turn-on voltage of the Schottky diode is 0.4 V, which is
approximately 0.2 V lower than that of a small signal diode.
This relative difference prevents the internal ESD diodes of the
op amp from turning on when an overvoltage event occurs.
VIN
13819-001
A
V–
Figure 1. Circuit to Test Overvoltage Current Limiting
Figure 2 shows the results of this measurement for both the
ADA4177 as well as those of a standard precision op amp tested
with 5 V power supplies. Notice that at 20 V, the ADA4177
input current is one third that of the standard op amp. If the
user wants to limit the input current further, an external series
resistor can be added. Adding this resistor increases the input
noise of the system by the rms summation of the resistor
thermal noise and the amplifier input noise. The ADA4177
noise specification includes the minimal contribution of the
internal overvoltage circuitry.
Adding the ROVP resistor provides an additional current limiting
element at the expense of increased thermal noise. A detailed
analysis of this solution and its limitations is provided in the
technical article, “Robust Amplifiers Provide Integrated
Overvoltage Protection”.
VCC
RF
D2
VOUT
ROVP
VIN
D1
13819-003
V+
30
VEE
Figure 3. ROVP, D1 and D2 Providing Input Overvoltage Protection
This solution functions by routing current away from the inputs
of the op amp. However, when the current is injected into the
supplies, the appropriate solution then depends on the application
and circuit involved. If the supply is a low dropout (LDO) regulator,
VCC and VEE are likely only designed to route current in one
direction. Figure 4 shows a typical conceptual schematic of a low
dropout regulator where the output voltage is determined by
10
JFET
PROTECTED
AMPLIFIER
–10
VSY = ±5V
–20
–30
–20
RESISTIVE
PROTECTED
AMPLIFIER
–15
–10
VOUT = VREF ×
–5
0
VIN (V)
5
10
15
20
R1 + R2
MP1
VIN
Figure 2. ADA4177 Input Current Limiting vs. an Unprotected Op Amp with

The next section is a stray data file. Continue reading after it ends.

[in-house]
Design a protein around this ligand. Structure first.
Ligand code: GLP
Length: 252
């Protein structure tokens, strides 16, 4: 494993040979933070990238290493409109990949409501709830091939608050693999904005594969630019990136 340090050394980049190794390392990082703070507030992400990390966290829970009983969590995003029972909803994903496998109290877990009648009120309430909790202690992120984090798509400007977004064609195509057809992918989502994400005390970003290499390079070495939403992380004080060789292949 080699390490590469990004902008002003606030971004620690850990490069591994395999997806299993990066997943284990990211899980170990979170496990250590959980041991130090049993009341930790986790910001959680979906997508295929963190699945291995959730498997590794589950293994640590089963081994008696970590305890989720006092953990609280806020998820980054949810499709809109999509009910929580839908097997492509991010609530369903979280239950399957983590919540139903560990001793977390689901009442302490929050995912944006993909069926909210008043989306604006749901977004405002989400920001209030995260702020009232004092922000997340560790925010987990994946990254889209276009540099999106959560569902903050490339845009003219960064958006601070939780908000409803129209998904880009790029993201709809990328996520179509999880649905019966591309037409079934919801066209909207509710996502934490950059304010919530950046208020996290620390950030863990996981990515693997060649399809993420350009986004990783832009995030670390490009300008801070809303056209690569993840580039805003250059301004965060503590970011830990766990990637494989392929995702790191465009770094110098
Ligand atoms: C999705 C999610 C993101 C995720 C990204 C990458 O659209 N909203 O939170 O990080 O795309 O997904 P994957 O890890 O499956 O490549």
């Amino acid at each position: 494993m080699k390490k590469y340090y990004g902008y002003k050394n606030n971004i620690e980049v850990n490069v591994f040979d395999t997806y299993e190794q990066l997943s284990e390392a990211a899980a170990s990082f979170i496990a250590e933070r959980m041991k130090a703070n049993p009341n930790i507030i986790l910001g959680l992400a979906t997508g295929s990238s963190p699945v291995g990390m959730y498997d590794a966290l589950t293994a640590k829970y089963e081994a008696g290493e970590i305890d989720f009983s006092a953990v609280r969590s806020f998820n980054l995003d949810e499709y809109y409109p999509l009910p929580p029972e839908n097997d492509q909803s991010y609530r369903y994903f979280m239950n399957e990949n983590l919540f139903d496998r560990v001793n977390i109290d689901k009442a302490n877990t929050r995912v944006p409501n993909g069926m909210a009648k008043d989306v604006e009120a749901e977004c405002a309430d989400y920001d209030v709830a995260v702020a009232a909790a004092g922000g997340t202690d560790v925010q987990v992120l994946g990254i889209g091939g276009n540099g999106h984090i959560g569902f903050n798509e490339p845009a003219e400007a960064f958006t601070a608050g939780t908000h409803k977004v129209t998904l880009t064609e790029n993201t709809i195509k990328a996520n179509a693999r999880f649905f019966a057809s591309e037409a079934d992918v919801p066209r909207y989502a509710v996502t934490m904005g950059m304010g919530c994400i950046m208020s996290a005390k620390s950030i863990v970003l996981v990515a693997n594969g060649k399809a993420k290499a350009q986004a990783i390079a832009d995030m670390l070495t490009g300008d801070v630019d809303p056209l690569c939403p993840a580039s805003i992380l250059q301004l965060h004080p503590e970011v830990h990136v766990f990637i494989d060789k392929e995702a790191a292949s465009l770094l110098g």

500 Ω Discrete Resistors
R2
VOUT
VREF
R1
R2
GND
13819-004
0
13819-002
INPUT BIAS CURRENT (mA)
20
Figure 4. Conceptual Schematic of a Low Dropout Regulator
Rev. 0 | Page 2 of 4
Application Note
AN-1387
12.5
MP1 is a series pass PMOS transistor that is designed to
increase the amount of current that the supply can source. It is
inferred that VOUT is not designed to sink current. Therefore, if
the overvoltage protection shown in Figure 3 injects current
into the supply, that current passes through the R1 and R2
divider, which raises the supply linearly with overvoltage.
10.0
7.5
5.0
IB (mA)
If the overvoltage occurs with the supplies powered up, the
supply voltage can exceed the intended operating voltage of the
system. If the overvoltage occurs with the system powered
down, the OVP current can unintentionally power up the
system. The ADA4177 has internal circuitry that prevents a
positive overvoltage from pumping the supplies.
–7.5
–10.0
–15.0
–50
–40
–30
–20
–10
0
10
20
30
40
13819-006
VSY = ±15V
–12.5
50
VCMI (V)
J1B
Figure 6. Input Current During Positive and Negative Overvoltage Conditions
Figure 5. Conceptual Schematic of the ADA4177 Input Protection
Figure 5 shows a conceptual schematic of the positive input on
the ADA4177. If VIN exceeds VCC, the current-limiting FET, J1B,
sources the overvoltage current into the emitter of QP1. This
current is divided down via the current gain (or β) of QP1 such
that the overvoltage current is routed to the negative supply
rather than to the positive supply.
If all inputs are likely to experience simultaneous overvoltage
for long periods of time (>500 ms), it is important to use a